>> let's bring in a guest from proforma liz dunn. what is your take on this? >> it's a great strategy a. really great move. obviously, old navy has been the real growth engine of gap, inc. it is the majority of the profit and i think the market isn't valuing it as such and this allows old navy to get a valuation and gap to manage their business or whatever's left, the other company to manage its business with different priorities and a different priority set >> liz, you surprised by the size of the jump in the stock price for a technical split out, particularly a day when the earnings slightly disappointed after a buyback announcement earlier in the week? >> yeah. very difficult for companies that are these large conglomerates to get a fair multiple with something that's going right and something going wrong.
not always sometimes a lot going wrong but i think it unlocks value for shareholders and we have seen it before with -- i mean, think about coach spinning out of sarah lee decades ago or abercrombie & fitch spinning out of limited brands. there's large, important companies coming out of these type of transactions allowing a prioritization of capital and resources for both companies for growth and shareholder value, unlocking shareholder value and givering cash to shareholders in another probably. >> up to about 30, the stock was at 30 several months ago, even on a standalone basis and clearly it's been beaten down and trading on kind of yield and buyback and financial maneuvers. >> liz, i think the thing that jumps out to me, old navy, revenues of 8 billion and the other brands combined is 9 billion. it would seem that if you look
for growth trade here in this split-up it's old navy right? >> it is however, i think within an organization like gap, inc. it's very hard to prioritize resources with one behemoth in the form of old navy sucking up the oxygen in the room right? split it off and then focus on what's left and prioritize resources to, you know, grow some brands like athleta and to, you know, unlock the crash flow of others like gap and so i think that it's a very important move for gap and i think the market is in part reacting to the part of a plan and a way forward. >> you can look at other industries, too. so, for example, old viacom split into cbs and viacom. cbs was considered the no-growth at the time. or hp, inc. and then it's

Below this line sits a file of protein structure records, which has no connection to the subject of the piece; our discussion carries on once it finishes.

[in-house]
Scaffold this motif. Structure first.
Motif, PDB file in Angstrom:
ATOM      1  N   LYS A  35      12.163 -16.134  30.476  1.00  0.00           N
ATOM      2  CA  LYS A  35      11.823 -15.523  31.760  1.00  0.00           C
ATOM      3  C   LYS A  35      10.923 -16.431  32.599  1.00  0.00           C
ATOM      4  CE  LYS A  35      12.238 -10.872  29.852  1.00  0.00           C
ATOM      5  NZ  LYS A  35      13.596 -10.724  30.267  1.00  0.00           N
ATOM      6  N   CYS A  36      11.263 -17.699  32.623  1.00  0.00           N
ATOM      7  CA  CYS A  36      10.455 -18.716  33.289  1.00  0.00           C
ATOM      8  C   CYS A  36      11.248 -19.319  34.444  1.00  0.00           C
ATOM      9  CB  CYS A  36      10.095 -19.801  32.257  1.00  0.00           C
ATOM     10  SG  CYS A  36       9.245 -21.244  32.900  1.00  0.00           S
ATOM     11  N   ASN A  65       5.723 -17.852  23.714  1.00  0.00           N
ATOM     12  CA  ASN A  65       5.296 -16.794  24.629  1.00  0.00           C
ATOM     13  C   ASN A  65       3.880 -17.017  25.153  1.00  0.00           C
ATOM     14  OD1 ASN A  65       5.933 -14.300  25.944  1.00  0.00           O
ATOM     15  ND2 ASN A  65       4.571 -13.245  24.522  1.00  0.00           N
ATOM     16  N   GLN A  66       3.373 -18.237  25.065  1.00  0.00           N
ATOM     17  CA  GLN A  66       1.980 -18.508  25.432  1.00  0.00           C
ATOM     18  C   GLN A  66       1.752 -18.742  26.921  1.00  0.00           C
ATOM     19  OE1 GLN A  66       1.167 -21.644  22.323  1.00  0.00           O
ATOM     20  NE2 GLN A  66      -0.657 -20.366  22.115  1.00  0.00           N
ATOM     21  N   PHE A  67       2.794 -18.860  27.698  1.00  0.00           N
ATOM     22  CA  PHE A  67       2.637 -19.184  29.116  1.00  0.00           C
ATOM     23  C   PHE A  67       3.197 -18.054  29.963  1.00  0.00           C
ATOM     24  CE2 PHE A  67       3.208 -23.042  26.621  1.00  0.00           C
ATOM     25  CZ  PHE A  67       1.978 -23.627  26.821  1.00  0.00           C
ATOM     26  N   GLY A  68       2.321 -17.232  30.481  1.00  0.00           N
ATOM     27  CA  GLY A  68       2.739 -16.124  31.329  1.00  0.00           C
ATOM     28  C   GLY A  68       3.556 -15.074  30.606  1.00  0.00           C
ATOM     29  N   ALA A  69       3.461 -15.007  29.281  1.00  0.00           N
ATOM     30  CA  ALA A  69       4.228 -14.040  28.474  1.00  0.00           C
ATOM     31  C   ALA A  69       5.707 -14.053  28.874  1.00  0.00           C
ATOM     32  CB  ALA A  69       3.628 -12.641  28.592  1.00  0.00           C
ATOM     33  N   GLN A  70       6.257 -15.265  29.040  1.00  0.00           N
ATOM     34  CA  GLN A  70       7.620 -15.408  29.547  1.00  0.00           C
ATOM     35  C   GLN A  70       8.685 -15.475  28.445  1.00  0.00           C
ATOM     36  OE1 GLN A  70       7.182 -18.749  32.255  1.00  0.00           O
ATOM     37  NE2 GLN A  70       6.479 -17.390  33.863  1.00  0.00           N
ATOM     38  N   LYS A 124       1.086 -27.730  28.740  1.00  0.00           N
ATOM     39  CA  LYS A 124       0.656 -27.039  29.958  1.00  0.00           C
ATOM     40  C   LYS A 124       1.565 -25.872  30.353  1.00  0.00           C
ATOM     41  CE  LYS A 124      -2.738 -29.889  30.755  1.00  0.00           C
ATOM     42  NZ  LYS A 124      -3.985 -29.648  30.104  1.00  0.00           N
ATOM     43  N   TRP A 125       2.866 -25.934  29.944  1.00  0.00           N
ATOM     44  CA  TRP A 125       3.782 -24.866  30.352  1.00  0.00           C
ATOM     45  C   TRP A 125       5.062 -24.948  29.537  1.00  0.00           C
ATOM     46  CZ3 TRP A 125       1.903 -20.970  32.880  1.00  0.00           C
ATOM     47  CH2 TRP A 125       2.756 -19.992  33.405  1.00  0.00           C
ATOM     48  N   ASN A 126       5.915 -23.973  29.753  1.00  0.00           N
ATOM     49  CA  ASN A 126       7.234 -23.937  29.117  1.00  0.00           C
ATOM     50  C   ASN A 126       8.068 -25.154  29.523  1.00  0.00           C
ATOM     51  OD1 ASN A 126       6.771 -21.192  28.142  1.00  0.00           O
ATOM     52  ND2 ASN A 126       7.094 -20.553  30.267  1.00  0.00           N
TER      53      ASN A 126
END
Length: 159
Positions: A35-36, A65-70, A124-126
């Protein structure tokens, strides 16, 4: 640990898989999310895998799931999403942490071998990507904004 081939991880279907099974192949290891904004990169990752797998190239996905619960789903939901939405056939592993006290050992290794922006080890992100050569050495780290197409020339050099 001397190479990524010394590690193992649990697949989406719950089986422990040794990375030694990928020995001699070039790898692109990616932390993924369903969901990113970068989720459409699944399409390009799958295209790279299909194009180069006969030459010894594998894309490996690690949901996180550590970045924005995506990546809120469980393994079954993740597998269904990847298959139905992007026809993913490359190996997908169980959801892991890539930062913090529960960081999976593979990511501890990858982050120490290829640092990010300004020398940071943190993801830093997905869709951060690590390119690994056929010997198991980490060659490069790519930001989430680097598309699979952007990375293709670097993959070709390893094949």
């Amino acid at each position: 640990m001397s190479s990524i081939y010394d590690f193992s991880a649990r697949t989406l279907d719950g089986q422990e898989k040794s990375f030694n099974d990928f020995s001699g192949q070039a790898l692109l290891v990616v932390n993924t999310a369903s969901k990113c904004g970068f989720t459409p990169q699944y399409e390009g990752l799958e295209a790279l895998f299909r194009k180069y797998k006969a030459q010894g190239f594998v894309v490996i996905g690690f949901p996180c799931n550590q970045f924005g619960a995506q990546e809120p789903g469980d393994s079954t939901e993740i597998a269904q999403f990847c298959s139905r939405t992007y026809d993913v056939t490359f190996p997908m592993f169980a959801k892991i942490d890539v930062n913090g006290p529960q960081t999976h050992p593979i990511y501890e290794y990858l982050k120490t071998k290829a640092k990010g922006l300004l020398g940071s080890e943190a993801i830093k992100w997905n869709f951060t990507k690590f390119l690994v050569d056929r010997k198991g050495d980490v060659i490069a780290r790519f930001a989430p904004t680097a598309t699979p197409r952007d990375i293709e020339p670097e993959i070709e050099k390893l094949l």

interesting because it doesn't always go as you predict as the market rewards the companies. >> alcoa and arconic. >> perfect. >> thank you for joining us. meantime, canadian pot growth canopy growth after announcing it would be partnering with martha stewart for animal health problems stewart is not the first celebrity to endorse the pot industry which counts high profile figures of former house speaker jeon boehner to snoop dogg among the backers. joining us now is two guests here to discuss, gentlemen, good afternoon to you both. sean, i'll start with you. martha stewart getting into cannabis are we at peak pot here? >> not even close. this is the normalization of the industry trying to see the companies develop brands it's very hard to build an